The Portuguese judiciary conducted several searches and arrested the rabbi of the Porto community as part of an investigation into the naturalization of Jewish descendants that benefited the Russian billionaire.
The investigation relates to incidents that “potentially constitute offenses of power abuse, active corruption, document forgery, money laundering” or even tax evasion, according to a press release from the Public Prosecutor’s Office. Local media reported that Daniel Litvak, Porto’s chief rabbi, was arrested Thursday in Porto as he was about to return to Israel. On Saturday, he must appear before a judge to decide the judicial arrest procedures that will be applied to him.
The Portuguese justice had opened an investigation last January into the naturalization procedures of Roman Abramovich, owner of London football club Chelsea, who obtained citizenship in April 2021. The Russian billionaire had benefited from a law allowing all descendants of Sephardic Jews, who were persecuted and expelled at the turn of the century Fifteenth, to obtain Portuguese citizenship.
Under this law, Jewish communities in Porto or Lisbon must present a certificate proving Jewish origin. Officials of these communities are suspected of issuing false certificates of Jewish origin to many of the candidates, a press release notes to the Israeli community in Porto that refutes the accusations. It also states that this investigation is targeting other naturalization proceedings such as those of Patrick Drahy, owner and founder of communications and media group Altice.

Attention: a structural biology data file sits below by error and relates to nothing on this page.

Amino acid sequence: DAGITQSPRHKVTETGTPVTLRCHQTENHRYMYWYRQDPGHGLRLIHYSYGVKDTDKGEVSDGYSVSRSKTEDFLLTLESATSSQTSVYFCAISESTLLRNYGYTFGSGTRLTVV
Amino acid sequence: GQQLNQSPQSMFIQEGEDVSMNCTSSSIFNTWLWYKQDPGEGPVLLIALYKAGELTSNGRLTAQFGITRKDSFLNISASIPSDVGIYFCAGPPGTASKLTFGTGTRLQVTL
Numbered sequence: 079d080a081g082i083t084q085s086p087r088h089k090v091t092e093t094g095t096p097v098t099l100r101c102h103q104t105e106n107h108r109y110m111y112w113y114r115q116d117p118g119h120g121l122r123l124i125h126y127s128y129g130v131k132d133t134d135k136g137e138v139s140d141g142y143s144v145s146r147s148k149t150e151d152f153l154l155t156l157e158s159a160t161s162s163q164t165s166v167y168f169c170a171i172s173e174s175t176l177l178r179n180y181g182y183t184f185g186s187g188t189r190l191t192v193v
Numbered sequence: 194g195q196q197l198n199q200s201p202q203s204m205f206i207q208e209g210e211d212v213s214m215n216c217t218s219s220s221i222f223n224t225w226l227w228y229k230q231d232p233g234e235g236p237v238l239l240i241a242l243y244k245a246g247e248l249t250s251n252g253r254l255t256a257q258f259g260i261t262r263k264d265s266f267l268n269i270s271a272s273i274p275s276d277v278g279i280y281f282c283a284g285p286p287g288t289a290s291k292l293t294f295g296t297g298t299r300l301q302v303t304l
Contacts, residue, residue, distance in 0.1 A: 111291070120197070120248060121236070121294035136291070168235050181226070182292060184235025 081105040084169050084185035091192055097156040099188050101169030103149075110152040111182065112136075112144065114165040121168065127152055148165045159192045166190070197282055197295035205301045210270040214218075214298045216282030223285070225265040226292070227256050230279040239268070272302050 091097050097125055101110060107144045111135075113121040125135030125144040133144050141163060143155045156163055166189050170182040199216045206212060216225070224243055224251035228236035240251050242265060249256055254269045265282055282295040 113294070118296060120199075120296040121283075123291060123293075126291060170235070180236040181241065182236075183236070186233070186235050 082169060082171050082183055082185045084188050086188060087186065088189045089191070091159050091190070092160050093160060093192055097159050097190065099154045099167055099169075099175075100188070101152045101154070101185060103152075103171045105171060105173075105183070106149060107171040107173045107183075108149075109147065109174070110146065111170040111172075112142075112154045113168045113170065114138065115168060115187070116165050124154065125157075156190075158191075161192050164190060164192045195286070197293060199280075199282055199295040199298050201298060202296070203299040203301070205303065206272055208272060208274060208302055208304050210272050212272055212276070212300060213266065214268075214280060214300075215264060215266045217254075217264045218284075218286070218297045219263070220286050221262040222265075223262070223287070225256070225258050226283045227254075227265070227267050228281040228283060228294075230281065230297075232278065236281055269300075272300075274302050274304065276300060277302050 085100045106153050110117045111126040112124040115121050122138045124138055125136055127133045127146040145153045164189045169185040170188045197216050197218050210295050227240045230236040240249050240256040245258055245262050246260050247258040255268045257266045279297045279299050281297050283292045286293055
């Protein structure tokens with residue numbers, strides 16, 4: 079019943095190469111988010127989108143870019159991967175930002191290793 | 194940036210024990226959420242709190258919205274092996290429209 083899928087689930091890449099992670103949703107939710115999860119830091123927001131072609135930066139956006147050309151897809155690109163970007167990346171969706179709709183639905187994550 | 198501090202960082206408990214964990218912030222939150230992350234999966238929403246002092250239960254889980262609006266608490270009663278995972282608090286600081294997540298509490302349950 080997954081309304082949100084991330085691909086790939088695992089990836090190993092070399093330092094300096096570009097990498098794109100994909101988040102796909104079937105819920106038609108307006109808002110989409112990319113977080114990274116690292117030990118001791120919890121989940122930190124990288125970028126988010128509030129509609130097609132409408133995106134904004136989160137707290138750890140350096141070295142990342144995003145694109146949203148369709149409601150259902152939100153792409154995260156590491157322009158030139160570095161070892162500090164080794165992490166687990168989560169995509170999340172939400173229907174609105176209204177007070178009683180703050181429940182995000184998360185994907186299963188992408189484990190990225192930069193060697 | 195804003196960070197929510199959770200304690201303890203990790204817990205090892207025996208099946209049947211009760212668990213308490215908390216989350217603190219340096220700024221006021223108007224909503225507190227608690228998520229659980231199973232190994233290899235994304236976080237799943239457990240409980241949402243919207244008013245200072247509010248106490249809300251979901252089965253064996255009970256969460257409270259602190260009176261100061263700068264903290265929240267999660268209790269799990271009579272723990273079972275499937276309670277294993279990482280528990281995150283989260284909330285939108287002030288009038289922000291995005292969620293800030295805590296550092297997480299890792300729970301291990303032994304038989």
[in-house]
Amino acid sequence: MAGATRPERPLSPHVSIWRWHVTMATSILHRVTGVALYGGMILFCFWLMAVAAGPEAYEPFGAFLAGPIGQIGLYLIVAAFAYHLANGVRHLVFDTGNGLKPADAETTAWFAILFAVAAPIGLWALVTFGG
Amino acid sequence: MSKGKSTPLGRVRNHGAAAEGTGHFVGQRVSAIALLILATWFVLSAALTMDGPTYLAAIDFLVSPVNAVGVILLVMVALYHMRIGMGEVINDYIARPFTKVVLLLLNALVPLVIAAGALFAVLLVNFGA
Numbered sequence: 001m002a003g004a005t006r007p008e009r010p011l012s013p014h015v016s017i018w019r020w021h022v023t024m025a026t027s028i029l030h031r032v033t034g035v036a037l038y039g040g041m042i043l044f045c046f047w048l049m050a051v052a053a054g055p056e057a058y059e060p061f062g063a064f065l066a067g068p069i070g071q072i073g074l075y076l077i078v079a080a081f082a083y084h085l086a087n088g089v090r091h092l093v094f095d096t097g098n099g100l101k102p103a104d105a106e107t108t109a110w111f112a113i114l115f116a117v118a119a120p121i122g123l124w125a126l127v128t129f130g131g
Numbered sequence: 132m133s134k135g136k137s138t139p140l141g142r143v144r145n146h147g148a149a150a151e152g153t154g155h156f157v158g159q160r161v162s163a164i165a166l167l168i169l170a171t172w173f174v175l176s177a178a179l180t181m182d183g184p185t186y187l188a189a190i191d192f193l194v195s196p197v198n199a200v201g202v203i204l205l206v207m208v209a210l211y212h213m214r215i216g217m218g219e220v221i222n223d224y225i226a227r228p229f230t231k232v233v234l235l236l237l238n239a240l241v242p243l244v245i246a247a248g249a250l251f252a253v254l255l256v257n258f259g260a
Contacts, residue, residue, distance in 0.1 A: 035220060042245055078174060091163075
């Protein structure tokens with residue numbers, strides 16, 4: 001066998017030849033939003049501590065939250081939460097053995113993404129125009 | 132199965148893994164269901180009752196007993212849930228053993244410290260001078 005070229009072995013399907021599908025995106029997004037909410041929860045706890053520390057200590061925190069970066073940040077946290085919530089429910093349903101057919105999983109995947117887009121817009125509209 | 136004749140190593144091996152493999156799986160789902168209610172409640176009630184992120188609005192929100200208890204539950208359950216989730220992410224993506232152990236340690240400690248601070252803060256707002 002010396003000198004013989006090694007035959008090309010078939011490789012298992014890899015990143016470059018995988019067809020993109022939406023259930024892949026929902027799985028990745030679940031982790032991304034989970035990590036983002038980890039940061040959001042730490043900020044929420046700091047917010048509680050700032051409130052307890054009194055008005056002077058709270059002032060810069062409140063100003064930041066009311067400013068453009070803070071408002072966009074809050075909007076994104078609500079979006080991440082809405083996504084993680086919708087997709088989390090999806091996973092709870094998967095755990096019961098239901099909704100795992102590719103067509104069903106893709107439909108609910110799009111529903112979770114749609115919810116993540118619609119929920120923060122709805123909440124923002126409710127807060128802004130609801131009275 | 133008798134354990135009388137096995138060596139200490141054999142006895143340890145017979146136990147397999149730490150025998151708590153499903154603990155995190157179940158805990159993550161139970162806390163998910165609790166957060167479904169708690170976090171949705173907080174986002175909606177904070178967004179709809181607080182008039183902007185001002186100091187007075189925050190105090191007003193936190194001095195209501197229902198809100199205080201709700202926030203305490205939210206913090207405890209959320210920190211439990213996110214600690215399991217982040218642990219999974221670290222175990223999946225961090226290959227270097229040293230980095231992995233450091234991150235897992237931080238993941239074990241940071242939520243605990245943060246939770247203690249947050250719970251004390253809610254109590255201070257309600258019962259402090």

Porto’s Jewish community claims to be the victim of “anonymous convictions” intended to “dispute the integrity of the naturalization procedures” and adds that it has already filed a complaint of “slanderous convictions”. Since this compensation law came into effect seven years ago, more than 137,000 citizenship applications have been submitted. Portugal has granted citizenship to more than 56,000 descendants of Sephardic Jews, according to figures cited by the Israeli community in Porto.
“Jews of at least 60 different nationalities” have already benefited from the law, Michael Rothwell, a board member of the Jewish community in Porto, told AFP, marking the law’s seventh anniversary. “We believe that Portugal is currently perhaps the safest place in Europe for Jews to live,” he said, lamenting the rise in manifestations of “general anti-Semitism” with the “greater emergence of the Jewish community.”